A Greek Farce, Then Gloom

Alexis Tsipras and his government colleagues in Athens are self-proclaimed Marxists, but they have forgotten the warning that great world-historic facts and personages appear, so to speak, twice: the first time as tragedy; the second time as farce. And now it is difficult for them to argue that they weren’t the ones who staged the farce.

On Oct. 31, 2011, the Greek prime minister, George Papandreou, announced plans for a referendum on a bailout plan proposed by the European Union, the European Central Bank and the International Monetary Fund. He asked Greeks to support the reform measures demanded by the creditors as the price of staying in the eurozone.

But the referendum never took place: Call it democracy frustrated. Three days after announcing it, and following a harsh reaction by Germany and Brussels, the Greek government shelved the idea and the reforms were voted on in Parliament instead. Not surprisingly, Mr. Papandreou’s Socialists not only lost the following elections but quickly faded as a political force.

The second appearance of the referendum idea came on the initiative of Mr. Tsipras and his Syriza party: This time, call it democracy castrated. The Greeks actually held the vote on July 5 — the vast majority rejecting the terms for a new, third bailout by the so-called troika as the government wanted — but their heroic resistance to the creditors lasted a whole seven days. By Monday, Mr. Tsipras had accepted a much harsher version of the bailout and agreed to implement policies that he had only recently deemed “criminal.”

The temporary resolution of the Greek crisis shows that, in order for the common European currency to survive, the voters of the debtor nations will have to be deprived of their right to change economic policy, even as they keep their right to change governments. Given what has occurred, it is clear that what Mr. Tsipras and Yanis Varoufakis, his finance minister until July 6, were fighting was not so much the policies proposed by the creditors but being held responsible for accepting them.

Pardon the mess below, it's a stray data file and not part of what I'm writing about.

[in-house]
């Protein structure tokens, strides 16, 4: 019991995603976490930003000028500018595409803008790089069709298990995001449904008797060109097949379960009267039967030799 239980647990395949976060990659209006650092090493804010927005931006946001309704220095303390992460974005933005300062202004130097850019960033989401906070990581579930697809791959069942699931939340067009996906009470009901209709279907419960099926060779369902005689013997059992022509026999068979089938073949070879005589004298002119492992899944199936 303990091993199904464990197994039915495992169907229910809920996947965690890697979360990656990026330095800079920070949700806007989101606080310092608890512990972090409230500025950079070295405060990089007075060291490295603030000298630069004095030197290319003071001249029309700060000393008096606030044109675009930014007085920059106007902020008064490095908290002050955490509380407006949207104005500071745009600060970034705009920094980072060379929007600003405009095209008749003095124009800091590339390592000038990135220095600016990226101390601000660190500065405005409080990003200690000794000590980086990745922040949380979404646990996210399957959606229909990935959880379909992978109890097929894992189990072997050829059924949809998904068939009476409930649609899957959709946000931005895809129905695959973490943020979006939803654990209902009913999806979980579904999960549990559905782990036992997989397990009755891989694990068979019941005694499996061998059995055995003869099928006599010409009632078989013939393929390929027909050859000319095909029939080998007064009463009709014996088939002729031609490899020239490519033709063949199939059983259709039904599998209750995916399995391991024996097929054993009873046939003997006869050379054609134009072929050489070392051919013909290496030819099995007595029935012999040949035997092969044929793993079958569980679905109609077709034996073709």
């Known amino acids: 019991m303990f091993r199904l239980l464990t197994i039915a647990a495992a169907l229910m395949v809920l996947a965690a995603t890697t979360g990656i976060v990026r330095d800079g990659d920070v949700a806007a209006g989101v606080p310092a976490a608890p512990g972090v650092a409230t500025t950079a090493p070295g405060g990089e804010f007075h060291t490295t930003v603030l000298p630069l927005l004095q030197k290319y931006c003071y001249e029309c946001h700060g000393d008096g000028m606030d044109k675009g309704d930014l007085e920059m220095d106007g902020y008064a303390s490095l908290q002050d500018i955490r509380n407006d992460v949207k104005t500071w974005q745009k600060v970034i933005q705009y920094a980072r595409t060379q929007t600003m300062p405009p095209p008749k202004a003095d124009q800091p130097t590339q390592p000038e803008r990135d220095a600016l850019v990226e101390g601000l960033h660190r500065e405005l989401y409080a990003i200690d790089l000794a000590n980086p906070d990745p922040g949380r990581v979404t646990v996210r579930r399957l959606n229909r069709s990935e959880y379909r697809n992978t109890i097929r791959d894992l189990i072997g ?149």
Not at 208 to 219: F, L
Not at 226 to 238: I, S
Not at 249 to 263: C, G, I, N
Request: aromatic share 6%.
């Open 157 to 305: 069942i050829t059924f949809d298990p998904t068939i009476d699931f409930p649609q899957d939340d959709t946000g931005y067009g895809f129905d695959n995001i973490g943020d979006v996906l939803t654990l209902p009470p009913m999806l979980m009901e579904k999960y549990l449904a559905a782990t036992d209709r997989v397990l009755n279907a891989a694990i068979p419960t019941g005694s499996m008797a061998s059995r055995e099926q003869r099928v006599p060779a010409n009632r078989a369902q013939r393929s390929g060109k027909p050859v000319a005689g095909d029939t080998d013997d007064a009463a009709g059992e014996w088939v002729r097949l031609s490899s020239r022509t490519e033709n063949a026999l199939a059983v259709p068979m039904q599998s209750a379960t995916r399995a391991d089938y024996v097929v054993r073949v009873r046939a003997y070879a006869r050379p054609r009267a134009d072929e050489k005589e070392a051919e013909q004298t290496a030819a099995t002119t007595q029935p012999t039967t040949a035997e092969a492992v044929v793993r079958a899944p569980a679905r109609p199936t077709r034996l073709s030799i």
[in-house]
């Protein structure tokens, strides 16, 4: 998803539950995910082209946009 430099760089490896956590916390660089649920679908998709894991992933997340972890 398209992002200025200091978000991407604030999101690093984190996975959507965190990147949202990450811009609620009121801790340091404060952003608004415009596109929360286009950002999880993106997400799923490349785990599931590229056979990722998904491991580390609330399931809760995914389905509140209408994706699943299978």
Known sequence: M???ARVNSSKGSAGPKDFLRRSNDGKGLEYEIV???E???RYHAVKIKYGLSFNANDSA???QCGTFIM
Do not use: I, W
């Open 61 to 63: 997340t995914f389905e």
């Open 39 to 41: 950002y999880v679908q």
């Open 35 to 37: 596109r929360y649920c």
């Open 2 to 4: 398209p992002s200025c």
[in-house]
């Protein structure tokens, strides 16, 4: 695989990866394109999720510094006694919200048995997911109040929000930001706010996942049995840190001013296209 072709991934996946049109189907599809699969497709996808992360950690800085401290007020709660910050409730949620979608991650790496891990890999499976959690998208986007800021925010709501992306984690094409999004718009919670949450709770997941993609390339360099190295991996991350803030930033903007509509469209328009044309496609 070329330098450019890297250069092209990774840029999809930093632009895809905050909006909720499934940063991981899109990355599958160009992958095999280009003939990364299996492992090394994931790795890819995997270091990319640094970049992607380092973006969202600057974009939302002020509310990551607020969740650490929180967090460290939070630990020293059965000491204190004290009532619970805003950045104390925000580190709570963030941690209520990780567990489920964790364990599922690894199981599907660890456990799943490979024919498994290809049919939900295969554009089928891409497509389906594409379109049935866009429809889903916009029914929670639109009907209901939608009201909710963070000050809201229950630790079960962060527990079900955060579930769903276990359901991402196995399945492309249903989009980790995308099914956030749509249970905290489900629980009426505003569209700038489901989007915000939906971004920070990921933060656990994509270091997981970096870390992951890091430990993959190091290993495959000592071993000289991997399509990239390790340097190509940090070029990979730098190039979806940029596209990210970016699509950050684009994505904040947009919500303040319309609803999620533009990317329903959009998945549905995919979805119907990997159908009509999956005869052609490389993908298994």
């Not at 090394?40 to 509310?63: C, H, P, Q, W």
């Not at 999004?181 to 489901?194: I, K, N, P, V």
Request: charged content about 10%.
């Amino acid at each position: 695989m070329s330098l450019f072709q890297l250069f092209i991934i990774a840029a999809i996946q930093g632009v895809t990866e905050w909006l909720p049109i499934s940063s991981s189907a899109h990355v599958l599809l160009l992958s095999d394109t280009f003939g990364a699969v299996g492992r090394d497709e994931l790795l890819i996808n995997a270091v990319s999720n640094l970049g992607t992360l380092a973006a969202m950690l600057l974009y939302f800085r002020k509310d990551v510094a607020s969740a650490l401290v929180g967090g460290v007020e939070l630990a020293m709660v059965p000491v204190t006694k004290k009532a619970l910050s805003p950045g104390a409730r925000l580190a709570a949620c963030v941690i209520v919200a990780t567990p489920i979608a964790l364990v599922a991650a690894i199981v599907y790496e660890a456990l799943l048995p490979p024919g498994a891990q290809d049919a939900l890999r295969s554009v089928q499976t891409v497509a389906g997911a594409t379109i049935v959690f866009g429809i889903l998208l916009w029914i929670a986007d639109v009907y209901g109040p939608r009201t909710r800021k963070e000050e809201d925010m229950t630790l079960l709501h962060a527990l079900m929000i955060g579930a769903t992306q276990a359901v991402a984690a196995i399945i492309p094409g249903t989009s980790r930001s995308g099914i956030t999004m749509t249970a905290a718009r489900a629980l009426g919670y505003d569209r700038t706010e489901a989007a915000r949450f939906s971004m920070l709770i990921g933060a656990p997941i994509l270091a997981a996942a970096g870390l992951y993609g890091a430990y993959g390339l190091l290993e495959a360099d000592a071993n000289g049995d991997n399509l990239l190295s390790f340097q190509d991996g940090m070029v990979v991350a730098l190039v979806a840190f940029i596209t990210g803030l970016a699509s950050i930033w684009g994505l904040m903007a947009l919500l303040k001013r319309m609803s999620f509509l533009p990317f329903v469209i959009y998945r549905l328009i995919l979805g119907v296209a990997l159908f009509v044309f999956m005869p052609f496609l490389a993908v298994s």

In dealing with Athens’s rebellion European leaders faced a tough choice: They could either allow Greece to default, thus putting the common currency at risk, destroying the Greek economy, and sending the message that in a political union of creditors and debtors there is no place for solidarity; or they could save Greece on Mr. Tsipras’s terms, thus signaling that political blackmail works and inspiring populist parties all over the Continent.

Faced with this dilemma, European leaders found a third option: to save Greece on such drastic terms that no other populist government would even be tempted to follow its example. Now Mr. Tsipras has become living proof that “there is no alternative” to the current economic policies of the European Union.

The immediate impact of the Greek agreement is calmer markets, defeated Greeks and skeptical Germans. So should Europe celebrate? Do European leaders expect Greece to be transformed by the accord as Central Europe was transformed in the 1990s? Is it possible that the whole referendum episode — a resounding public “no” followed by Mr. Tsipras’s climb-down with the creditors — could serve not to humiliate Greek voters but instead to re-educate them?